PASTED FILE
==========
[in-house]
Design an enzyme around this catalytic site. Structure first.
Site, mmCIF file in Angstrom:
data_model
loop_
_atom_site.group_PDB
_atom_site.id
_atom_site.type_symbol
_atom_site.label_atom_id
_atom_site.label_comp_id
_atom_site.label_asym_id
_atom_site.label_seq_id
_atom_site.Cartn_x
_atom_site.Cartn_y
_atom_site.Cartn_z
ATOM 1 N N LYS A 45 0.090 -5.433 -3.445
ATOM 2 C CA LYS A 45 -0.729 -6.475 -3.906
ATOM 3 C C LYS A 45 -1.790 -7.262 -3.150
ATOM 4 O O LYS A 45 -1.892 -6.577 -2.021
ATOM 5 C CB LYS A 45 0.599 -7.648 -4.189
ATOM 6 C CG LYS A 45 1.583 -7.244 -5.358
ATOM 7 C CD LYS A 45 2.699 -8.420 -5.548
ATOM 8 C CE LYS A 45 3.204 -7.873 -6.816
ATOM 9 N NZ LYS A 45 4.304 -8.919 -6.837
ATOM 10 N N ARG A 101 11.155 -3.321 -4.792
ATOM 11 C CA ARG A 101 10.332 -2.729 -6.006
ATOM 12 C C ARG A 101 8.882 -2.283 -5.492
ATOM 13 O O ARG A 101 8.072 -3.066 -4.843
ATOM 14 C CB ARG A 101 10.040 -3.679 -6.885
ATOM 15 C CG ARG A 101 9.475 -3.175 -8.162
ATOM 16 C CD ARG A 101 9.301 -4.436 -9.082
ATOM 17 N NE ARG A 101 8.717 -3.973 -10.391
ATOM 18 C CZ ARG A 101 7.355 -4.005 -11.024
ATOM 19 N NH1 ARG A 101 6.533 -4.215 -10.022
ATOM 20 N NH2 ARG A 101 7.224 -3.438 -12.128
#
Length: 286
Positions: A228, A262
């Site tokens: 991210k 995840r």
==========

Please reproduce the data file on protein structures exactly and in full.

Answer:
[in-house]
Design an enzyme around this catalytic site. Structure first.
Site, mmCIF file in Angstrom:
data_model
loop_
_atom_site.group_PDB
_atom_site.id
_atom_site.type_symbol
_atom_site.label_atom_id
_atom_site.label_comp_id
_atom_site.label_asym_id
_atom_site.label_seq_id
_atom_site.Cartn_x
_atom_site.Cartn_y
_atom_site.Cartn_z
ATOM 1 N N LYS A 45 0.090 -5.433 -3.445
ATOM 2 C CA LYS A 45 -0.729 -6.475 -3.906
ATOM 3 C C LYS A 45 -1.790 -7.262 -3.150
ATOM 4 O O LYS A 45 -1.892 -6.577 -2.021
ATOM 5 C CB LYS A 45 0.599 -7.648 -4.189
ATOM 6 C CG LYS A 45 1.583 -7.244 -5.358
ATOM 7 C CD LYS A 45 2.699 -8.420 -5.548
ATOM 8 C CE LYS A 45 3.204 -7.873 -6.816
ATOM 9 N NZ LYS A 45 4.304 -8.919 -6.837
ATOM 10 N N ARG A 101 11.155 -3.321 -4.792
ATOM 11 C CA ARG A 101 10.332 -2.729 -6.006
ATOM 12 C C ARG A 101 8.882 -2.283 -5.492
ATOM 13 O O ARG A 101 8.072 -3.066 -4.843
ATOM 14 C CB ARG A 101 10.040 -3.679 -6.885
ATOM 15 C CG ARG A 101 9.475 -3.175 -8.162
ATOM 16 C CD ARG A 101 9.301 -4.436 -9.082
ATOM 17 N NE ARG A 101 8.717 -3.973 -10.391
ATOM 18 C CZ ARG A 101 7.355 -4.005 -11.024
ATOM 19 N NH1 ARG A 101 6.533 -4.215 -10.022
ATOM 20 N NH2 ARG A 101 7.224 -3.438 -12.128
#
Length: 286
Positions: A228, A262
């Site tokens: 991210k 995840r």